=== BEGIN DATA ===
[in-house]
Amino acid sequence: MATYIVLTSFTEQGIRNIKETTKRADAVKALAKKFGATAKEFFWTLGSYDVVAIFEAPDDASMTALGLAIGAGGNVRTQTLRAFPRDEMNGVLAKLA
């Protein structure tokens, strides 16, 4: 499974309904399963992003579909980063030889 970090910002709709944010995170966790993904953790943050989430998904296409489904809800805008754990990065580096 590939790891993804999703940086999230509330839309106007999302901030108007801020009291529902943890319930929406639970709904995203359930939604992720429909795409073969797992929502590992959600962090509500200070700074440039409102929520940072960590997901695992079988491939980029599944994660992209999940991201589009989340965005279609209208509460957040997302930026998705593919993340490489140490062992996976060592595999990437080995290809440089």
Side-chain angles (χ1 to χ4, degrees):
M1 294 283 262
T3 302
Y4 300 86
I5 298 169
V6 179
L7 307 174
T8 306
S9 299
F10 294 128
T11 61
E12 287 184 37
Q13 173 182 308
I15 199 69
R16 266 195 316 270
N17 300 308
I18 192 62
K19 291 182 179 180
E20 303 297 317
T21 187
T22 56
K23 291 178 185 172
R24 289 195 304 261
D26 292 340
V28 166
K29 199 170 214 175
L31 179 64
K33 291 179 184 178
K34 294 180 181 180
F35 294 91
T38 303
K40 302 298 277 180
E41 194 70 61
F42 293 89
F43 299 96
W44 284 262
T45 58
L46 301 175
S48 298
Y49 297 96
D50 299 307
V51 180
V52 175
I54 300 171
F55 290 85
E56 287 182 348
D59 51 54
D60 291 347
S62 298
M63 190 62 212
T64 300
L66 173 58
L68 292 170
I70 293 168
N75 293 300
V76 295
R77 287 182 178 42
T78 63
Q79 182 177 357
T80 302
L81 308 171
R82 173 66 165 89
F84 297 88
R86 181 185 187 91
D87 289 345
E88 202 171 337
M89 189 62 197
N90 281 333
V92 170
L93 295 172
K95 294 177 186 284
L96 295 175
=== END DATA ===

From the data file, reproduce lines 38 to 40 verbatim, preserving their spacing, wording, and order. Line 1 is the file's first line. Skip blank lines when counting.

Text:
F43 299 96
W44 284 262
T45 58